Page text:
Apple announced Wednesday it would pay some $38 billion in taxes — likely the largest payment of its kind — on profits repatriated from overseas as it boosts investments in the United States.
The iPhone maker said in a statement it plans to use some of its foreign cash stockpile, which qualifies for reduced tax rates under a recent bill, to invest in new projects.
Apple, which claims to be the largest US taxpayer, is also one of the largest beneficiaries of a tax bill passed by Congress in December which lowers the rate of repatriated profits to around 15 percent and cut the corporate tax rate to 21 percent from 35 percent.
The tech giant had built a stockpile of more than $250 billion in overseas holdings, claiming it was not in the interests of shareholders to repatriate the money with a 35 percent tax rate.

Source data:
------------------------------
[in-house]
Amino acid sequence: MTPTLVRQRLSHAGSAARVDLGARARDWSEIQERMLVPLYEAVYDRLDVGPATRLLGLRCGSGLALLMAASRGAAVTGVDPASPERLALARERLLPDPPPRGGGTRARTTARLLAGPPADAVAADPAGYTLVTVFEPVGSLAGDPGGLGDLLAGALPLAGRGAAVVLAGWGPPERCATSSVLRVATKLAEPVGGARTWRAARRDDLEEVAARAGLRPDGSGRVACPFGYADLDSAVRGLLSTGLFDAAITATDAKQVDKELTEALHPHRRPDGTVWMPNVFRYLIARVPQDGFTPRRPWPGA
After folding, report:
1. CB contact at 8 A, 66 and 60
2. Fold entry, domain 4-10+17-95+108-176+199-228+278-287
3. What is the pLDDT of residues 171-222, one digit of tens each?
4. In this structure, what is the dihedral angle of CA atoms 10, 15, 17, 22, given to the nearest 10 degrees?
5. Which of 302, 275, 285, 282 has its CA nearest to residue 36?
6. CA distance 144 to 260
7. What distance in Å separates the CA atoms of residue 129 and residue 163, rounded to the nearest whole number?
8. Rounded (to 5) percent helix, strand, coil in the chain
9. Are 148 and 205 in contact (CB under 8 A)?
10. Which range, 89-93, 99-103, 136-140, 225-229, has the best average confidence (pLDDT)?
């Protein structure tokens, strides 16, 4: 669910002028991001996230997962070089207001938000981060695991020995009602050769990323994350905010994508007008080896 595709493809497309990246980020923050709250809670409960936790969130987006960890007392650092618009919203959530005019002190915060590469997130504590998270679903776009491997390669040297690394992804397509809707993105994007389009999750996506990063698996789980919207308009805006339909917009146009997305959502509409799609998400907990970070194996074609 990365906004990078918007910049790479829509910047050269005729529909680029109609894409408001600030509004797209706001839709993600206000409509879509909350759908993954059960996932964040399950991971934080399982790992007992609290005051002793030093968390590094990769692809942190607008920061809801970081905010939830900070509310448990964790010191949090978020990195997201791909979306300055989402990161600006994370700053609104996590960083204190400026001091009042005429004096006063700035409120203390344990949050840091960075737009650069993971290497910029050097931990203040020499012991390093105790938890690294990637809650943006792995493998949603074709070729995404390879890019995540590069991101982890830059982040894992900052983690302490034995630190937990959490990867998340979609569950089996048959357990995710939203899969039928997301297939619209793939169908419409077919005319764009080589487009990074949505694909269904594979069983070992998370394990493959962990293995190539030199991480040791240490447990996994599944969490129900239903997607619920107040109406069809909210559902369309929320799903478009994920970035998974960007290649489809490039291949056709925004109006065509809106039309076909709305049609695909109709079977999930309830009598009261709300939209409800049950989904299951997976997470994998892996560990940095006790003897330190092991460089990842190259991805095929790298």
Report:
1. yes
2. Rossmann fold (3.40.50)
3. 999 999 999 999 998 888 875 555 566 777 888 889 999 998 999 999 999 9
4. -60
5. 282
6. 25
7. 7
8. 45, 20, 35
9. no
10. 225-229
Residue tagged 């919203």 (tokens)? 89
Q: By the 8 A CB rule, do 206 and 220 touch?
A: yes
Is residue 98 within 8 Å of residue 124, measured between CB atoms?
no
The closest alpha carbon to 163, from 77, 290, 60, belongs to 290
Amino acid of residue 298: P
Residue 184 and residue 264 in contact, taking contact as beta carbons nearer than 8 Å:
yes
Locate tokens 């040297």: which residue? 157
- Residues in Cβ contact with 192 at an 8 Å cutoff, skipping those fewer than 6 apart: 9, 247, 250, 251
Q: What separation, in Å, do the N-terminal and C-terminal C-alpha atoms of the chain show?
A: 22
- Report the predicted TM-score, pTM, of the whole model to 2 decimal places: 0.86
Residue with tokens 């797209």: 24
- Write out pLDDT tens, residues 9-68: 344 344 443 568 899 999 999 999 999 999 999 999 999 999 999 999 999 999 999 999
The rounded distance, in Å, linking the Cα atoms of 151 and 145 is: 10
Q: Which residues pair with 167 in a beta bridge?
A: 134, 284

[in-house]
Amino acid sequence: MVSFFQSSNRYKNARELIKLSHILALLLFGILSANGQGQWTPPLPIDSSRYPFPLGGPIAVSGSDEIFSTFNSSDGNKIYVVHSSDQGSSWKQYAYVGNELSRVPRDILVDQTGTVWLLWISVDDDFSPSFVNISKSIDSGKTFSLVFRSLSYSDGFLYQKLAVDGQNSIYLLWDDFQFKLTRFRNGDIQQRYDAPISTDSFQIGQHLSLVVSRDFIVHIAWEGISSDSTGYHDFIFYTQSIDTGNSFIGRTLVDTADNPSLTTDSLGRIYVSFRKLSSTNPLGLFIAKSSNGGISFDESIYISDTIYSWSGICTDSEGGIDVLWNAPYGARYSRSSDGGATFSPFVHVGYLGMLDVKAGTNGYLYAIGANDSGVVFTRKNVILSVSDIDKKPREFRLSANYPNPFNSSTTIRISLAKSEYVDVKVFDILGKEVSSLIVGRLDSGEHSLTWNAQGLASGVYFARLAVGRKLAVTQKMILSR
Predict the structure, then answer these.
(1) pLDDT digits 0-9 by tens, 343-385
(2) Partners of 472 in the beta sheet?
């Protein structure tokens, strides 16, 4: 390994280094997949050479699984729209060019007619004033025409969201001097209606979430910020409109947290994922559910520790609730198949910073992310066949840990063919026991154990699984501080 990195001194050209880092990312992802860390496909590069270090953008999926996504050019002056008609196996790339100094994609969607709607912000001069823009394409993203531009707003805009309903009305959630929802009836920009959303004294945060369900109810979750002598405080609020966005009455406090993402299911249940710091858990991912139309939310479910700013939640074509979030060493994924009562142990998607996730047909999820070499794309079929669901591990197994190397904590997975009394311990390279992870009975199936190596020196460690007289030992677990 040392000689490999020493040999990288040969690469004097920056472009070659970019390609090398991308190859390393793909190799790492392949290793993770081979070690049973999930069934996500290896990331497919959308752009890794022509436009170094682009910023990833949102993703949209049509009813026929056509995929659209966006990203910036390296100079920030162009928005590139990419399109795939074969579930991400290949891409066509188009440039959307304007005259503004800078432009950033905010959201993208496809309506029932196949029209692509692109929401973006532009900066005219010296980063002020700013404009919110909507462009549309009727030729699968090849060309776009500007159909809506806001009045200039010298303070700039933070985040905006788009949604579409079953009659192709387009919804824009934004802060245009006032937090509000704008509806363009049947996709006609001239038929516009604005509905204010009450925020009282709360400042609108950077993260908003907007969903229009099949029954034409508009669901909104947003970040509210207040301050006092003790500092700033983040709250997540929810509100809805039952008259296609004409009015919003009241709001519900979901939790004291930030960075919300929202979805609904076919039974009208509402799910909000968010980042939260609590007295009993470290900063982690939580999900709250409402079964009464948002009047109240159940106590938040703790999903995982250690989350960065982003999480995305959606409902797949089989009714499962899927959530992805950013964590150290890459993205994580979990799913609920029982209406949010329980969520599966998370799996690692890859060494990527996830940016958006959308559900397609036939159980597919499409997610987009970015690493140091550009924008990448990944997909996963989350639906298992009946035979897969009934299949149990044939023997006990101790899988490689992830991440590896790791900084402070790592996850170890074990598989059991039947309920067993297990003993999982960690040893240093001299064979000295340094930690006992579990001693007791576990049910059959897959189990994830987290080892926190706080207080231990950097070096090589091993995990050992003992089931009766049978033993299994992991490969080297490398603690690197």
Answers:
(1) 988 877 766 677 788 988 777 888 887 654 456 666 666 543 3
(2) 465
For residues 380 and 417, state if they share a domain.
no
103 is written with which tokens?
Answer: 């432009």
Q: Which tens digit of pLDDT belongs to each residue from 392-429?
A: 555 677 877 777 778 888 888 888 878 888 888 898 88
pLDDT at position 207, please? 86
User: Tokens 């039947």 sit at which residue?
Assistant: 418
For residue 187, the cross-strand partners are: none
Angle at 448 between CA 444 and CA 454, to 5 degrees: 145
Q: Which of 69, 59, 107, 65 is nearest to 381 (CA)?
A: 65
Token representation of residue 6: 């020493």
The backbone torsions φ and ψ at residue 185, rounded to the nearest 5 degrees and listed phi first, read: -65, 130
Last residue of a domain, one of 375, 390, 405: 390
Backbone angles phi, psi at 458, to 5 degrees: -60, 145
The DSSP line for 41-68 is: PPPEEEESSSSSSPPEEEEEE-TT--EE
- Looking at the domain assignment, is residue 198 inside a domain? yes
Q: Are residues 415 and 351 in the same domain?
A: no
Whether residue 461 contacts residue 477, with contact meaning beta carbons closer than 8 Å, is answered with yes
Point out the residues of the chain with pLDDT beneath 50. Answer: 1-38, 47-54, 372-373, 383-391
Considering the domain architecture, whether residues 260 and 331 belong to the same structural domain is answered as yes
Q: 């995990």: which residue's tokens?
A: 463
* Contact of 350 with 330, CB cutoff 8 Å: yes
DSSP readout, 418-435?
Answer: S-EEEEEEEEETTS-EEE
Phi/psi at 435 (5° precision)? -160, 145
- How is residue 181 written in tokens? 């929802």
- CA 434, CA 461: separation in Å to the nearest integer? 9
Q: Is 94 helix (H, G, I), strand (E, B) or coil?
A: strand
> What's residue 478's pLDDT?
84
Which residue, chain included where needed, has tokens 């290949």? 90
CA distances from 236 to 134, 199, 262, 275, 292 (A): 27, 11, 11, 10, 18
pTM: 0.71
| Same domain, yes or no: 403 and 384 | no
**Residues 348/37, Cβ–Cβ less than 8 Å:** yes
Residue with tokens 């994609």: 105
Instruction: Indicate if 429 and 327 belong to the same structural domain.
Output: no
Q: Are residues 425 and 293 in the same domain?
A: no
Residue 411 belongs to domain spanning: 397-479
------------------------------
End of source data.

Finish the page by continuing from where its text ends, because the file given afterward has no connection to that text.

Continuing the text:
Apple said it will now use a large chunk of the overseas cash for US investments.
It said it expects to invest over $30 billion in direct capital expenditures in the US over the next five years, creating some 20,000 new jobs, and claimed the move would contribute $350 billion in economic activity in the US.
“Apple is a success story that could only have happened in America, and we are proud to build on our long history of support for the US economy,” said Apple chief executive Tim Cook.
“We believe deeply in the power of American ingenuity, and we are focusing our investments in areas where we can have a direct impact on job creation and job preparedness. We have a deep sense of responsibility to give back to our country and the people who help make our success possible.”